I recommend the Pyzo/IEP IDE available with Pyzo. To run IEP on CDF, simply type iep in the command line. You can download my modification of IEP which includes a parentheses matcher here.

We will be using Google's TensorFlow in the second half of the course. Note that TensorFlow is difficult to set up on Windows (but fairly straightforward to install on Linux or OS X). Instructions for installing TensorFlow and/or running it on CDF are here.


Geoffrey Hinton's Coursera course contains great explanations for the intution behind neural networks.
Deep Learning by Yoshua Bengio, Ian Goodfellow, and Aaron Courville is an advanced textbook with good coverage of deep learning and a brief introduction to machine learning.
Learning Deep Architectures for AI by Yoshua Bengio contains an in-depth tutorial on learning RBMs.
Pattern Recognition and Machine Learning by Christopher M. Bishop is a very detailed and thorough book on the foundations of machine learning. A good textbook to buy to have as a reference for this and future machine learning courses, though it's not required.
The Elements of Statistical Learning by Trevor Hastie, Robert Tibshirani, and Jerome Friedman is also an excellent reference book, available on the web for free at the link.
The CS229 Lecture Notes by Andrew Ng are a concise introduction to machine learning.
Andrew Ng's Coursera course contains excellent explanations.
Pedro Domnigos's Coursera course is a more advanced course.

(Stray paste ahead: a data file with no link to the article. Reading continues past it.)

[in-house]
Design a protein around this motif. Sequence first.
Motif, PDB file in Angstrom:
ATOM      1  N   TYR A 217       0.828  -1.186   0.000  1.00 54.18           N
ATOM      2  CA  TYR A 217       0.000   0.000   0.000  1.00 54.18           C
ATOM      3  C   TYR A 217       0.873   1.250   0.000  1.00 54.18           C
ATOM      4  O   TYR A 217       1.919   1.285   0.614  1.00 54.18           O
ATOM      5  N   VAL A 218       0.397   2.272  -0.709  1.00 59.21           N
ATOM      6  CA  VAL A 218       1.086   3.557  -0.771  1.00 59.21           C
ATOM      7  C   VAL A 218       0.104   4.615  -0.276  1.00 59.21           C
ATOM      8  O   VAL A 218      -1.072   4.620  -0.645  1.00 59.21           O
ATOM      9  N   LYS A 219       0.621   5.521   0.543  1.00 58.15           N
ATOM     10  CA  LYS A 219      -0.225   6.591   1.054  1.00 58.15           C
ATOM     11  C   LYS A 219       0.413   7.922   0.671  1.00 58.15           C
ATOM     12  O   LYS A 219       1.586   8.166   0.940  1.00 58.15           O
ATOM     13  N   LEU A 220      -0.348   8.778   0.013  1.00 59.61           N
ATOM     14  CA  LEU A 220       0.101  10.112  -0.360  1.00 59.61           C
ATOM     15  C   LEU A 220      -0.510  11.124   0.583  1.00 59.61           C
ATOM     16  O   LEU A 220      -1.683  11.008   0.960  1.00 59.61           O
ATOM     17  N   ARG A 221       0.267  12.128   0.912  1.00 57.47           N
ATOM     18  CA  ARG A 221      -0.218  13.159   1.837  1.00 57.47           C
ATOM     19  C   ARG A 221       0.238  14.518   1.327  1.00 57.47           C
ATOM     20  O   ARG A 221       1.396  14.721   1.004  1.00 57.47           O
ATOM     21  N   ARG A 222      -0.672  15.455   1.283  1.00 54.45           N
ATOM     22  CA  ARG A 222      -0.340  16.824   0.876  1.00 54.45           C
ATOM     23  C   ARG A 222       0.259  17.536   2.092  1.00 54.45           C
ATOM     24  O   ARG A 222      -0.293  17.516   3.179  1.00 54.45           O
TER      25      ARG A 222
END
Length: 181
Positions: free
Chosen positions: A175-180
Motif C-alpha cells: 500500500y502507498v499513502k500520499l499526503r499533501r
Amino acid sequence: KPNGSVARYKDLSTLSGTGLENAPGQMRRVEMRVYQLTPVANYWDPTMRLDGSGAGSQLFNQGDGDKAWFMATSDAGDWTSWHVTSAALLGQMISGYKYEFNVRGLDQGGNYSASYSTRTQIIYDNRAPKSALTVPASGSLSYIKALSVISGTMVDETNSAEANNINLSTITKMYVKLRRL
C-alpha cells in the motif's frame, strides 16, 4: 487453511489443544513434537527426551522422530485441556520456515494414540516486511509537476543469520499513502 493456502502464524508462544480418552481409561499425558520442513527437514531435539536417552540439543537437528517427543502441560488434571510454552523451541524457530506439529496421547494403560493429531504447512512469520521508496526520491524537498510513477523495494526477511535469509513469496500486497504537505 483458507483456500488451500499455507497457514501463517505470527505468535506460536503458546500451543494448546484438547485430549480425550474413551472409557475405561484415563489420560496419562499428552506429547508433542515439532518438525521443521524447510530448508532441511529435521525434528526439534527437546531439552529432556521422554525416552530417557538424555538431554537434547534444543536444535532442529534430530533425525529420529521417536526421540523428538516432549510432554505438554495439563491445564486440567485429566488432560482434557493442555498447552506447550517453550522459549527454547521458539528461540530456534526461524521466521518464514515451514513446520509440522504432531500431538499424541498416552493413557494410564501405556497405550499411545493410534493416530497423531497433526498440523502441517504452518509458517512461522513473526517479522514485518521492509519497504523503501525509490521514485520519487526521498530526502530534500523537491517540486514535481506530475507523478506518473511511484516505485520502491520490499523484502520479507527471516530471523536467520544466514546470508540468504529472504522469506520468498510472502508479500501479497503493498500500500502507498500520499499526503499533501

CS231n: Convolutional Neural Networks for Visual Recognition at Stanford (archived 2015 version) is an amazing advanced course, taught by Fei-Fei Li and Andrej Karpathy (a UofT alum). The course website contains a wealth of materials.
CS224d: Deep Learning for Natural Language Processing at Stanford, taught by Richard Socher. CS231, but for NLP rather than vision. More details on RNNs are given here.

Python Scientific Lecture Notes by Valentin Haenel, Emmanuelle Gouillart, and Gaël Varoquaux (eds) contains material on NumPy and working with image data in SciPy. (Free on the web.)


The better of:

35%: Projects
30%: Midterm
35%: Final Exam
35%: Projects
10%: Midterm
55%: Final Exam

You must receive at least 40% on the final exam to pass the course.


A sample report/LaTeX template containing advice on how to write project reports AI courses is here (see the pdf and tex files). (The example is based on Programming Computer Vision, pp27-30.) Key points: your code should generate all the figures used in the report; describe and analyze the inputs and the outputs; add your interpretation where feasible.

Project 1 (7%): Face Recognition and Gender Classification using k-NN (due: Feb. 3 at 10PM)
Project 2 (10%): Handwritten Digit Recognition with Neural Networks (due: Feb. 22 26 28 at 10PM, no late submissions after Feb. 29 10PM)